Wednesday, November 11, 2015

Bento Boxes and the Grade-School Power Lunch

Bento Monogatari,” a Belgian short film that was released in 2010, a woman makes her husband a bento box for lunch each day, in an attempt to salvage their marriage. Traditionally, bento is a single-portion meal, served in a box that contains small amounts of several types of food. In Japan, bento, which dates back hundreds of years, is highly aesthetic, reflecting clean lines, ordered geometries, and uncluttered space; today, it often includes food shaped into adorable characters. And so the wife in “Bento Monogatari,” who wears Harajuku-style dresses and fills her house with Japanese tchotchkes, molds rice balls into elaborate rabbits and piglets. Her husband, however, is more interested in his beautiful male co-worker, and he throws away the food. When the wife finds out, she explodes. “Don’t forget that I wake up at five every morning to prepare this ‘garbage’ for you!” she snaps. But the allure of bento prevails in the end: in a surreal twist, the husband is transformed into a bento character, and the beautiful co-worker eats him for lunch.

The film played at Cannes, in 2011, a small part of a wave of international interest in bento over the past few years. A decade ago, it was difficult to find bento supplies outside Japan. Now bento-dedicated blogs and Pinterest boardsabound. There are bento contests and bento how-to books. As of this month, the best-selling lunchbox on Amazon.com was a set of three-compartment “Bento Lunch Box Containers.” This year’s flurry of back-to-school media coverage included reports on bento from the “Today” show, the Guardian, and the Halifax Chronicle Herald, to name a few. The term “bento” has also spread beyond lunch, to describe balanced, compartmentalized, and aesthetically appealing design in any field. In fashion, for example, the online retailerMM.LaFleur offers customers a stylist-curated bento consisting of three to five base garments and an assortment of accessories. (“We often hear from customers that they feel like we ‘know’ them and have solved a major problem in their lives,” Sarah LaFleur, the company’s founder and C.E.O., wrote to me in an e-mail.)

It’s in the realm of food, though, and especially food for children, that bento has become a status symbol. The trendy version of bento depicted in “Bento Monogatari” follows mainly from the contemporary Japanese practice of charaben, which features food sculpted into intricate and adorable characters, like SpongeBob SquarePants and Pikachu. Charaben makers painstakingly fashion the food using stencils, specialized picks, cutters, and other tools, with the aim of achieving kawaii, a type of cuteness associated with things like babies, snowmen, and baby pandas. For his book “Face Food: The Visual Creativity of Japanese Bento Boxes,” Christopher D. Salyers photographed the elaborate bento made by Japanese mothers (and one father), who told him that they would often wake up at 5 A.M. to tweeze seaweed and tapioca into piglets and manga princesses. “The devotion they had to the craft was one inspired by an absolute avidity toward pleasing their children,” Salyers writes.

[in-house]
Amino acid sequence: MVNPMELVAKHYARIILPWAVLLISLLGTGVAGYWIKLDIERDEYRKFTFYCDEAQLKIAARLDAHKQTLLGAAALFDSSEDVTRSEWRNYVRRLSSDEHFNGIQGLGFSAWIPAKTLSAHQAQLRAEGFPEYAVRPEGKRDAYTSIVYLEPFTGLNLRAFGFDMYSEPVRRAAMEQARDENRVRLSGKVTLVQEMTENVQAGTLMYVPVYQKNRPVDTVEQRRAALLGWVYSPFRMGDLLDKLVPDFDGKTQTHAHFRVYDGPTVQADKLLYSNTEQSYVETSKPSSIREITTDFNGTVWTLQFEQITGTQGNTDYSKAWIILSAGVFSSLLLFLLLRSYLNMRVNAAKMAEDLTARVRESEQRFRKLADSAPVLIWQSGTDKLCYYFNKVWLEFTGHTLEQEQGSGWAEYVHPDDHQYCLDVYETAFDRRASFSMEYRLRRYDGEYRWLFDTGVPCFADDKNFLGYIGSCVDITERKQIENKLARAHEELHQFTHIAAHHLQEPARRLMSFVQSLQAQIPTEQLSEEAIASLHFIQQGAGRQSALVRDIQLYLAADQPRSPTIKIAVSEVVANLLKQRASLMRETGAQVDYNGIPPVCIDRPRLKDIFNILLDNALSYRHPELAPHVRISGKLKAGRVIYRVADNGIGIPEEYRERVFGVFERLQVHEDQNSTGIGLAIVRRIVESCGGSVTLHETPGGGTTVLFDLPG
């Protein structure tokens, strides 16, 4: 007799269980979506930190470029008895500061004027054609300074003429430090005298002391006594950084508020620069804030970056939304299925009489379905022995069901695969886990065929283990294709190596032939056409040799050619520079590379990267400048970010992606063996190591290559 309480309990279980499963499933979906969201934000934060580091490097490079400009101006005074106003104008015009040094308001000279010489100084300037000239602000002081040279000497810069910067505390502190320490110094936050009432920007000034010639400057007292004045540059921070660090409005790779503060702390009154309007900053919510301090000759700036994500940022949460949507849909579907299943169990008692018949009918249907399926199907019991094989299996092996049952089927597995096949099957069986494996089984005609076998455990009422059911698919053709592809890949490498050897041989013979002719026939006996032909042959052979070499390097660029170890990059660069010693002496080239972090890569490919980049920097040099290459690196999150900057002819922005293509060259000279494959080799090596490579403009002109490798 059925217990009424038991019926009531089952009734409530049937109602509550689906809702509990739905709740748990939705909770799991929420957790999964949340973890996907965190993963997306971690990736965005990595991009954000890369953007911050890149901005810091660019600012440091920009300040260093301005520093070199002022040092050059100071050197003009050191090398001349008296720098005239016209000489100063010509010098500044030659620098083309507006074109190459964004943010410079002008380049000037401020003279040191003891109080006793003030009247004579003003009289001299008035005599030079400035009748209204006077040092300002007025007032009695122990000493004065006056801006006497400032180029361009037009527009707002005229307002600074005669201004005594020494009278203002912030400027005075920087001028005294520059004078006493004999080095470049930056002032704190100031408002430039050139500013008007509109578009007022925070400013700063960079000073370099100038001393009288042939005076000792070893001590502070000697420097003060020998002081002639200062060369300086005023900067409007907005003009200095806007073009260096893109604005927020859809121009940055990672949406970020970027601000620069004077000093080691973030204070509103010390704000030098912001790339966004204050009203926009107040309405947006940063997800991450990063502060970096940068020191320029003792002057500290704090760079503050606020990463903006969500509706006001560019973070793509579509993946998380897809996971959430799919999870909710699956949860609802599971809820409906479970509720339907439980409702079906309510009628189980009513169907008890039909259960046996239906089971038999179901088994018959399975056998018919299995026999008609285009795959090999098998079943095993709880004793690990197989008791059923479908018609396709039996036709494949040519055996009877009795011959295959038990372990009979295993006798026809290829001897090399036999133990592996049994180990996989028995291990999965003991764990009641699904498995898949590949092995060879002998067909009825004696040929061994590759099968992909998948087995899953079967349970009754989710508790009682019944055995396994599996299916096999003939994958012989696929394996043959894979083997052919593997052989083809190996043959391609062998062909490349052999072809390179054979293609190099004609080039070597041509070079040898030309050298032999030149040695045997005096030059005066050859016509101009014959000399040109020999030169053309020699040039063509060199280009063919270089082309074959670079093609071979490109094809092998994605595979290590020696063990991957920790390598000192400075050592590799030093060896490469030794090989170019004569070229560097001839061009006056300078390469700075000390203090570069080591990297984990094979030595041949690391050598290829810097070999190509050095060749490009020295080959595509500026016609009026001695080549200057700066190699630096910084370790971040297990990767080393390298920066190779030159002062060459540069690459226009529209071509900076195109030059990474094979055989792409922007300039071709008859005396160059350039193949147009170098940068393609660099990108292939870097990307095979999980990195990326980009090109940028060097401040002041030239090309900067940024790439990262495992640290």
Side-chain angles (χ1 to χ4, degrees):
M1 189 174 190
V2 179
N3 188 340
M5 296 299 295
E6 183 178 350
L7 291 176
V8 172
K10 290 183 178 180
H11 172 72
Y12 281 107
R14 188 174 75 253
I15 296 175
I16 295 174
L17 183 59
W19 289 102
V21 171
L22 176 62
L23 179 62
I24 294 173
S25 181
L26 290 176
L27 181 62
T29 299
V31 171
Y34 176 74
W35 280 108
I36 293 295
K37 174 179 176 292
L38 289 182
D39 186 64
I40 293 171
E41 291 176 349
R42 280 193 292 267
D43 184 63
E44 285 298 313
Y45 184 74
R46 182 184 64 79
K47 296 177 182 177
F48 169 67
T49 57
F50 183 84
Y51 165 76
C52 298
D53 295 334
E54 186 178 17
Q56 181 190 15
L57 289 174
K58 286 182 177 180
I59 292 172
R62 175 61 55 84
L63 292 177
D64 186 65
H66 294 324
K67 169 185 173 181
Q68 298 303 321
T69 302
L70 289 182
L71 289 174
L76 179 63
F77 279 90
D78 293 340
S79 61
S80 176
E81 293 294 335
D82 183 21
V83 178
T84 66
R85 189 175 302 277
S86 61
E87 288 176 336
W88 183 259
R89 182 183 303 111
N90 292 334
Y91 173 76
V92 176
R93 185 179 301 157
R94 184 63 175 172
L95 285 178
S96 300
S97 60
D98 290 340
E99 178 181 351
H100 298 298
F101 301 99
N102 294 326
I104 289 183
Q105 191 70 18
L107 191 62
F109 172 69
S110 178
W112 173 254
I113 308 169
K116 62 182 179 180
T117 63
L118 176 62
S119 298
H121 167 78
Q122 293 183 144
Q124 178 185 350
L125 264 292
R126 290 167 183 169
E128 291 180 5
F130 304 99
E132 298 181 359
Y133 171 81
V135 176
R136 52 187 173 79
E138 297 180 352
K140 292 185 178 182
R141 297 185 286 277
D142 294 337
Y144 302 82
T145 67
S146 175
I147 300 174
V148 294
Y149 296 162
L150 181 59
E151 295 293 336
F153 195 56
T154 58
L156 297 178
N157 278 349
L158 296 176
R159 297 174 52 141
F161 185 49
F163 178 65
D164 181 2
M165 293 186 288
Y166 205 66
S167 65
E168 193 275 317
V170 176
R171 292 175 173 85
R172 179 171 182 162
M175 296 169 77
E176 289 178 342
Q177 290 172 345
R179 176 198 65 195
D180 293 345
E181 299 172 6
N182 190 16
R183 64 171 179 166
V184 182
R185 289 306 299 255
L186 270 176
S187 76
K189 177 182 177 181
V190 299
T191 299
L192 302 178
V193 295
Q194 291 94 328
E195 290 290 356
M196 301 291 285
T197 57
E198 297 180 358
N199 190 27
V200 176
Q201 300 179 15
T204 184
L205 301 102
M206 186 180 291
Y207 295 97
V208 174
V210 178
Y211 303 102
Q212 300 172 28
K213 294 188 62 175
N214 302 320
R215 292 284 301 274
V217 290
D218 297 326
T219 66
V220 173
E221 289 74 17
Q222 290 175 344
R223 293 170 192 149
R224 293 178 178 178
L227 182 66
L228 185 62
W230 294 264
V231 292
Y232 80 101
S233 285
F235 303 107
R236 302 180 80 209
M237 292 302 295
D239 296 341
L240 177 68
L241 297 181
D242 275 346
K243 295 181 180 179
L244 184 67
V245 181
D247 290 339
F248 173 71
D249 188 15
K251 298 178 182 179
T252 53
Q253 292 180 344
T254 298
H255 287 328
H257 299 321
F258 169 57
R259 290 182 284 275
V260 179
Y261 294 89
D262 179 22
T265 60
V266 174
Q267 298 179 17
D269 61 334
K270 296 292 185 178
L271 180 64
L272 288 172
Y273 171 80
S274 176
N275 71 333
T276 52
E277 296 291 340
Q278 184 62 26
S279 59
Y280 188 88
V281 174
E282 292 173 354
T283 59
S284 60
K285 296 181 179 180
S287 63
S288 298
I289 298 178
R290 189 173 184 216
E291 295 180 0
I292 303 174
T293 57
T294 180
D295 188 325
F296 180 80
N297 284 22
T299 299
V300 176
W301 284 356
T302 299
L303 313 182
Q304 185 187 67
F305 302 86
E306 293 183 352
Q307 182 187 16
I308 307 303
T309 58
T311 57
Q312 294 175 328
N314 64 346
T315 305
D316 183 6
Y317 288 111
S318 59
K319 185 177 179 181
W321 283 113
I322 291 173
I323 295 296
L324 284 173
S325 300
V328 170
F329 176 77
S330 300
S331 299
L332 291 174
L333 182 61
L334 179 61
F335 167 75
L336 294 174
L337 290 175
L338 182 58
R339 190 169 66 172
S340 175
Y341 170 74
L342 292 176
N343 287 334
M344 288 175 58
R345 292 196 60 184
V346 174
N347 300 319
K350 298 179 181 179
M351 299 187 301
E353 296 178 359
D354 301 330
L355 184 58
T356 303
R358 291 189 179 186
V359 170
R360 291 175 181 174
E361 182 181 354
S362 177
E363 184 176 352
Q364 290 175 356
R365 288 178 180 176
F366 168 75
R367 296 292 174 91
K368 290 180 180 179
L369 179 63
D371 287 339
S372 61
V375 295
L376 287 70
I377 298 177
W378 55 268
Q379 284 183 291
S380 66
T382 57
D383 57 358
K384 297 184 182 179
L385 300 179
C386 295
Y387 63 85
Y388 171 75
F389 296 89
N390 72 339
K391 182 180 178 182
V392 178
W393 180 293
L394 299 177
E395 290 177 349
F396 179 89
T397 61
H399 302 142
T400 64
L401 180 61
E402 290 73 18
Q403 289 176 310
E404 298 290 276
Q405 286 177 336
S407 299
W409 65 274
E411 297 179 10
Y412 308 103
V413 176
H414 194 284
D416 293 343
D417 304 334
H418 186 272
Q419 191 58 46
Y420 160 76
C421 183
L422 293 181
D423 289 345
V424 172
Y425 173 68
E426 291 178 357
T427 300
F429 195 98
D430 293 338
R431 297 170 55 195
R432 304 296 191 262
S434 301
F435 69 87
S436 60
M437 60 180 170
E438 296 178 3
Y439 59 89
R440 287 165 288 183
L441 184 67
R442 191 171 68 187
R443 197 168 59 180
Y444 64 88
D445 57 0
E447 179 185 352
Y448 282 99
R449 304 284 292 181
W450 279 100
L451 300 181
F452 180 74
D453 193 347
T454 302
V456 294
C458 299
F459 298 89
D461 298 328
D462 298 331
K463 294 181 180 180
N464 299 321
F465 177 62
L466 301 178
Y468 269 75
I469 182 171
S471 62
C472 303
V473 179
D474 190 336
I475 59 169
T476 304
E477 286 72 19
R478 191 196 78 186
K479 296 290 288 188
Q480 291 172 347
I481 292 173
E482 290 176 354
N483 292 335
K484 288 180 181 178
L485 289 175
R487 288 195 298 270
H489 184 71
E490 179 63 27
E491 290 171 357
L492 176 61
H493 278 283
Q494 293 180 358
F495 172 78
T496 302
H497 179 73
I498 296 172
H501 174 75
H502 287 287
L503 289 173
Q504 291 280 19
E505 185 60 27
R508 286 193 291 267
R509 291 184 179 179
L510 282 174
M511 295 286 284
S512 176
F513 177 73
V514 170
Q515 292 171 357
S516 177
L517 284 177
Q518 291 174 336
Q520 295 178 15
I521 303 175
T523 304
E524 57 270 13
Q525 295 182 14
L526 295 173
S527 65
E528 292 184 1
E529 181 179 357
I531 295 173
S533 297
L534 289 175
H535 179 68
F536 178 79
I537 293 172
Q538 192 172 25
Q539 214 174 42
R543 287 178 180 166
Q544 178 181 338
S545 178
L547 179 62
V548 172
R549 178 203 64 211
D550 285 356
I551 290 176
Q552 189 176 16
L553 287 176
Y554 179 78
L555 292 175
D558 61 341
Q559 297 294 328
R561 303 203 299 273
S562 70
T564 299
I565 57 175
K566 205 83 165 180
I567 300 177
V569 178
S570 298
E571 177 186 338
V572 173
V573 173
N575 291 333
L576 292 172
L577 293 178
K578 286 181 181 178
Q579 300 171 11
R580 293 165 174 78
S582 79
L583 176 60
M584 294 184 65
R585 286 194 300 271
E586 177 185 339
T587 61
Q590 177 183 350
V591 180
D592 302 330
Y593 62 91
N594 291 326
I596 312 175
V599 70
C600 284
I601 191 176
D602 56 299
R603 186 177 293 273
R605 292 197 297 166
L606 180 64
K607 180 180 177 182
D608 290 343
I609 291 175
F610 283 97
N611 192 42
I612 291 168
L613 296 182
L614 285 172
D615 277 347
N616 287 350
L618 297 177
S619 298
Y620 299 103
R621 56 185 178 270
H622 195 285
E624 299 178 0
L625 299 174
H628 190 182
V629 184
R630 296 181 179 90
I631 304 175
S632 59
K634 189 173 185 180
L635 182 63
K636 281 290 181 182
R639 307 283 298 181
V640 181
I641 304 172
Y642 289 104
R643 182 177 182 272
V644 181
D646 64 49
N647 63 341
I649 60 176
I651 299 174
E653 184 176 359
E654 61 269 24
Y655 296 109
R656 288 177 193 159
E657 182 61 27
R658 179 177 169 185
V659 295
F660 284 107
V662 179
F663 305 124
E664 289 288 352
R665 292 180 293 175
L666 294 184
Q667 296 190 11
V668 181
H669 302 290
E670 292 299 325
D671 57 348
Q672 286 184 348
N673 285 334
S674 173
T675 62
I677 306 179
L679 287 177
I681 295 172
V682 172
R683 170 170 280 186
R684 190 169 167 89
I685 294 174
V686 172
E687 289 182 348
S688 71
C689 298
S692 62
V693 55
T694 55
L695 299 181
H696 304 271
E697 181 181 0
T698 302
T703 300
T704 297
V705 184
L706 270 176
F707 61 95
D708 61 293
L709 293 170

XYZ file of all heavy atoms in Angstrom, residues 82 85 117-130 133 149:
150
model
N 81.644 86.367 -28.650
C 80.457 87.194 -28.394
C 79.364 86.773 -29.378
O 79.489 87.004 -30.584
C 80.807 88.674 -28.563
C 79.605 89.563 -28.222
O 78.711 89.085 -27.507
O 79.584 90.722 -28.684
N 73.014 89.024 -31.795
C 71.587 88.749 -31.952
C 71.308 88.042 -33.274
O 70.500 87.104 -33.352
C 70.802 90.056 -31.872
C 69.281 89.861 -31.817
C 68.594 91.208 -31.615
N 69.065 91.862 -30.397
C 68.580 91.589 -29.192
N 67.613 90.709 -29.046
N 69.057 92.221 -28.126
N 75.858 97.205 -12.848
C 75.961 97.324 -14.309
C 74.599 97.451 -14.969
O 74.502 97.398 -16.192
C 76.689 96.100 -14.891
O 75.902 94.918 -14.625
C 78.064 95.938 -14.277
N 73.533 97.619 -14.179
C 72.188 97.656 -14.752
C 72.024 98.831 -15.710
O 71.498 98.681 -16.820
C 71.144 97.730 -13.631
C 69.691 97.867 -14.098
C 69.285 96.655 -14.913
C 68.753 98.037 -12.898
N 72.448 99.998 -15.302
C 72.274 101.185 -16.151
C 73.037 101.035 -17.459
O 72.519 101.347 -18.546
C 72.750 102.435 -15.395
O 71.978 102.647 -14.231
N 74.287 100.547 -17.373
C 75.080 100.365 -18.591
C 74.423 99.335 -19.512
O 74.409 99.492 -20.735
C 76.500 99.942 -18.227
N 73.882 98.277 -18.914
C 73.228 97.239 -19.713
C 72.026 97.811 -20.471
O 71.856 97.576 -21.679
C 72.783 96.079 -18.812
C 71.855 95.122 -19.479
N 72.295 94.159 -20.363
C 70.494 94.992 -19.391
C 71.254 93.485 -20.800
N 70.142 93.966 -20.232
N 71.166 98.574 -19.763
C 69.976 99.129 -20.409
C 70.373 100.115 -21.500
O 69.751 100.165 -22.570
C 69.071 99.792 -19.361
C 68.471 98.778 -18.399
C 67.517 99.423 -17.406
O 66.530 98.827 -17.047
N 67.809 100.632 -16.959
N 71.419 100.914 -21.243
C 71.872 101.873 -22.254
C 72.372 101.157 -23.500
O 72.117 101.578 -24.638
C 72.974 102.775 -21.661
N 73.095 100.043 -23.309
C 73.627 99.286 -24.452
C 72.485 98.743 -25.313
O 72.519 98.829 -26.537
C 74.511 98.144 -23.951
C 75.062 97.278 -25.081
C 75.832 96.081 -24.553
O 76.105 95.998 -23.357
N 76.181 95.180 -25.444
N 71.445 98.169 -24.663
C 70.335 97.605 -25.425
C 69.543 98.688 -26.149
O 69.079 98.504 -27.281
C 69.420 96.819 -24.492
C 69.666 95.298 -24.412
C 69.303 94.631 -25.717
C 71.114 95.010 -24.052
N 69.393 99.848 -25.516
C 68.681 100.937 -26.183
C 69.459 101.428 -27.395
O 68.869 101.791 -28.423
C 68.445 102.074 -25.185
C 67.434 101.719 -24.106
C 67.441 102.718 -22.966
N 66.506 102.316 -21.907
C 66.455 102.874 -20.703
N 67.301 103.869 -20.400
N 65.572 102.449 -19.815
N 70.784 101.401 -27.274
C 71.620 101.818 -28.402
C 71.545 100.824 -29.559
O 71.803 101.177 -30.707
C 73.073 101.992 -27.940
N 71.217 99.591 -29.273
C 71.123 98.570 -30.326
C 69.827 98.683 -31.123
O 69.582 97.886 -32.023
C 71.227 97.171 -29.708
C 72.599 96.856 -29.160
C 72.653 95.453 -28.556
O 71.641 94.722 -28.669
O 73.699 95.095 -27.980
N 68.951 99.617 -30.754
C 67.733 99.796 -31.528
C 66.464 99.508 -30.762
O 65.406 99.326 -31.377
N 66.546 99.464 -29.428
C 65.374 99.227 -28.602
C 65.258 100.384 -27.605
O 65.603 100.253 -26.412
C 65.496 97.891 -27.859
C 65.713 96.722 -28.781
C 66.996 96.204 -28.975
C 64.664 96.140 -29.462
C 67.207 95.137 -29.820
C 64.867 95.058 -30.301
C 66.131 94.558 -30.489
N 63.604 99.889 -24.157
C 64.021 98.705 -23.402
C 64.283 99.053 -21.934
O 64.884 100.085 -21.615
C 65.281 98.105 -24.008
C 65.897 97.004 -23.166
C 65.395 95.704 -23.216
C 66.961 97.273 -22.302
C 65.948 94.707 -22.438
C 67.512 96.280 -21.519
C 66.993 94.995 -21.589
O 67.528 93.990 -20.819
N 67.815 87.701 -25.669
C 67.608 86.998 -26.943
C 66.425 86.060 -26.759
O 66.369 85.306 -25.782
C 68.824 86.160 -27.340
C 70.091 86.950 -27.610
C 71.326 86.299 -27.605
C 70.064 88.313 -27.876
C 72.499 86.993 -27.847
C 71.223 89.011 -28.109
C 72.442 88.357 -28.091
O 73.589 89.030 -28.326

Online bento culture is focussed on the exquisite and the practical. Shirley Wong, a Singaporean blogger who goes by the moniker Little Miss Bento, runs workshops to teach people how to make the perfect charaben. Elsewhere, bloggers like Sheri Chen, of Happy Little Bento, and Li Ming Lee, at Bento Monsters, document the bento they build for their families. (Caroline Miros, the C.E.O. of  PlanetBox, a maker of bento-like containers, told me that about ninety per cent of people sharing lunches on her company’s social-media pages are women.) The downside of this conspicuous creativity is the expectations it can place on parents. A recent article by Kimberly Leonard in U.S. News and World Report suggested that pressure born of bento-dedicated social media, in particular, is excessive. “For parents who make these lunches and for those who don’t, the topic of what they are feeding their kids is deeply personal, rife with insecurity, anxiety, judgment and criticism,” she writes. Bettina Elias Siegel, a food-policy commentator who blogs about children and food at The Lunch Tray, wrote to me in an e-mail, “Are [bloggers] justifiably proud of their work and entitled to show off a little, the way we all trumpet our accomplishments on social media these days? Or are they coming across as morally superior?”

As Kenji Ekuan, the Japanese designer best known for creating the Kikkoman soy-sauce bottle, writes in his 1998 book, “The Aesthetics of the Japanese Lunchbox,” these social concerns are woven into the history of the bento box. The bento has humble beginnings, tracing back to twelfth-century Japanese farmers who used them to carry simple balls of rice into the fields. A more elaborate bento culture flourished during the Edo period (1603–1867), when it became the province of the √©lite. Sightseers would carry koshibento, or “waist bento,” which consisted of easily portable rice balls wrapped in bamboo leaves and tucked into a woven bamboo box. Makunouchi bento, or “between-the-acts bento,” consisting of cylinders of rice and side dishes, were served during intermissions of Noh and Kabuki performances.

Later, bento became prevalent in more areas of Japanese society—in offices, as white-collar workers began to carry their lunches in compartmentalized aluminum containers, and at train stations, which came to feature a wide selection of to-go bento. By mid-century, factories were churning out cheap bento boxes, to the dismay of some √©lites. “The quality of these mass-produced lunchboxes is appallingly low, making them an entirely different breed from their gorgeous ancestors,” Ekuan writes. “In many cases, the rice is no longer even shaped or wrapped but simply crammed into the assigned portion.”

by Adrienne Raphel, New Yorker |  Read more:
Image: Mikey Burton